Democratic systems are no strangers to political dynasties. In the United States, some well-known families have been in politics for generations—the Kennedys held an impressive 64-year streak in Congress until 2011 (and staged a comeback only two years later), and earlier this month George P. Bush won the race for Texas Land Commissioner, carrying on the political legacy of his father Jeb Bush, his uncle George W. Bush, and his grandfather George H.W. Bush. Although the idea of political royalty inheriting power seems to cut against equal opportunity, members of such families have been revered throughout history. But political dynasties present a much greater threat to democracy when they control a majority of power in the country. In the Philippines, one study estimated that political dynasties comprised up to 70% of the last Philippine Congress (compared to 6% of the last U.S. Congress). During the last election, one notorious political clan had 80 members running for office. Indeed, Philippine political clans have evolved into the most efficient (and at times, deadly) means of monopolizing power. Various members of the same family often cycle through the same congressional, gubernatorial, and mayoral seats in their home province, and it’s not unusual to see an electoral race pitting two members of the same family against each other. In many ways, the dynastic culture of politics has removed meaningful choice from the voters, and exacerbated the pervasiveness of corruption in government.
A possible solution is before the Philippine Congress right now—the Anti-Political Dynasty Bill. This bill would prohibit any spouse or first-degree relation (including parents, siblings, and children) of an incumbent elected official from seeking elected office. Although individuals may run once their relative’s term is up, they may not immediately succeed that relative in the same elected office. (The bill would have a enormous effect on the upcoming 2016 elections—Vice President Jejomar Binay, who has already announced his candidacy, and whose daughter’s term in the Senate runs until 2019, would be precluded from running for President.) At first blush, the bill may seem antidemocratic, as it (temporarily) suspends the rights of many individuals to seek elected office. Still, in the Philippines, where the concentration of political power has bred such a strong culture of corruption, certain rights may need to be sacrificed. It is a drastic problem in need of a drastic solution.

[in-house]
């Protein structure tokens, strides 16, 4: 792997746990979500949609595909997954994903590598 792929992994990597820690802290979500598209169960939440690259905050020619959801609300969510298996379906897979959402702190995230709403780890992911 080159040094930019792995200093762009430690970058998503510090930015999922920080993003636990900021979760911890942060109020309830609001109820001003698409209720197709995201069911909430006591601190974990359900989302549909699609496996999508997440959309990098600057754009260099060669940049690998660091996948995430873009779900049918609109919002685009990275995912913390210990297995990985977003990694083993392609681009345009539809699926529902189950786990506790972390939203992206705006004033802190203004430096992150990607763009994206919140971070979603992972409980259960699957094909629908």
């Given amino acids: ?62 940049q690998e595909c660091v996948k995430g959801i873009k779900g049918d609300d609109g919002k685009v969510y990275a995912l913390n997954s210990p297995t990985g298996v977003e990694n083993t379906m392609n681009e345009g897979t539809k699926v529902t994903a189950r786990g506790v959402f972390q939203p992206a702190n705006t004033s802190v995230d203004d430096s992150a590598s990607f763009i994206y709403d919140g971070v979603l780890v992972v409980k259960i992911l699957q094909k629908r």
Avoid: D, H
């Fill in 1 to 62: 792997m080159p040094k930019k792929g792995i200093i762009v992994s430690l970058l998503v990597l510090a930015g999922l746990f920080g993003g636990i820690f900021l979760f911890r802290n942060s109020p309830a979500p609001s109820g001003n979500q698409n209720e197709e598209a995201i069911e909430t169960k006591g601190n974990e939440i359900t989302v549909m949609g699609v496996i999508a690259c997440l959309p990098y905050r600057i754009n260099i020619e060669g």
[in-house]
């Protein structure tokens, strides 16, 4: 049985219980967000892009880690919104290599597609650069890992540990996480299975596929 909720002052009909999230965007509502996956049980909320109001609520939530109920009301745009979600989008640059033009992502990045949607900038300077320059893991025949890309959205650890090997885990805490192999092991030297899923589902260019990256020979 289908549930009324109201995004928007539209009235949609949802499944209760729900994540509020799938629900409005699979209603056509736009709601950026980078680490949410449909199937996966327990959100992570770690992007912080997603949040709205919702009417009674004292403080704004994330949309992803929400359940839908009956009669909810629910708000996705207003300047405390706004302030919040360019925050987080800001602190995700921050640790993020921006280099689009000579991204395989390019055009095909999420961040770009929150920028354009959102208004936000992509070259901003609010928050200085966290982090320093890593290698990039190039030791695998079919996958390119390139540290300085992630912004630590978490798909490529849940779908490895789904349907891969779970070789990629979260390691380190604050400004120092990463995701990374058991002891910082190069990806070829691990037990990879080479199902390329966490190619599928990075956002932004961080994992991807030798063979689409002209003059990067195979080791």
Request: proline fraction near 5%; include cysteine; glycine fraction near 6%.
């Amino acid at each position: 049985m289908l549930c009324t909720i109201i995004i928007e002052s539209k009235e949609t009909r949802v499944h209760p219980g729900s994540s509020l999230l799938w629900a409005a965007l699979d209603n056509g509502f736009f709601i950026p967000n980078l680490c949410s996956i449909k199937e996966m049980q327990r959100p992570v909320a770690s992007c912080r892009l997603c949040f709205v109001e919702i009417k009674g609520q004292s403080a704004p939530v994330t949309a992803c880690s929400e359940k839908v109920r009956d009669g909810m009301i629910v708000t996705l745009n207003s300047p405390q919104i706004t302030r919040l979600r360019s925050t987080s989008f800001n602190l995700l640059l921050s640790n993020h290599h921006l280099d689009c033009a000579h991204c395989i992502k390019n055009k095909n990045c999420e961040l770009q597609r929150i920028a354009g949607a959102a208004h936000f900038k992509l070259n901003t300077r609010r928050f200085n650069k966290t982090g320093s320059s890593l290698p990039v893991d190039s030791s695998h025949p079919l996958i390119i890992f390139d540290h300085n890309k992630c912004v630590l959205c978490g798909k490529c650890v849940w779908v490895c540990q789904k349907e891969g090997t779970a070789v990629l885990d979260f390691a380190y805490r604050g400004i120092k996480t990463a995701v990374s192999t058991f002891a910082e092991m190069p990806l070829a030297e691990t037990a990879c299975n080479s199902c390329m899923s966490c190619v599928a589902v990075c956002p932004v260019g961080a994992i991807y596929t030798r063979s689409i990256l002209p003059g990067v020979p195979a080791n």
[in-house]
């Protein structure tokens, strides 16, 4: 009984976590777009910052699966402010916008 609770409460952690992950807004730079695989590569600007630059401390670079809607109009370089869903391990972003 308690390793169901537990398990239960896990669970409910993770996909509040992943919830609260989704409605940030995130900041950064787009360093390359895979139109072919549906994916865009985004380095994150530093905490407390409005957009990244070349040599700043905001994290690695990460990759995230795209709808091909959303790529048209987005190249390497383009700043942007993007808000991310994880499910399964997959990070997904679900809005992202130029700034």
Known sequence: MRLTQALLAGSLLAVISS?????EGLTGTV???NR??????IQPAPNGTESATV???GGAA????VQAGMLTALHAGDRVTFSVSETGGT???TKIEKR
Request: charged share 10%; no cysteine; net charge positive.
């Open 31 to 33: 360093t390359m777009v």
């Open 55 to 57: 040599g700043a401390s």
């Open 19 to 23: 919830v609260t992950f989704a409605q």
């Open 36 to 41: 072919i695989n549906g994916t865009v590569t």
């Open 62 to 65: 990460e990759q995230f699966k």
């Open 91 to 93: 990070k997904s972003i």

There are several reasons why Congress should pass this bill and limit the influence of political families:
- First, political dynasties corrupt the system of checks and balances. One recent example is Vice President Binay, who, for the past few months, has been under investigation by a Senate Blue Ribbon Committee for alleged corruption. One might question how effective the investigation will be given that Binay’s two daughters are members of Congress. The problem is even more pronounced in smaller localities. By packing every major office, it’s quite easy for clans to organize local militias, siphon off public funding, and perpetuate their rule by cycling through the ranks.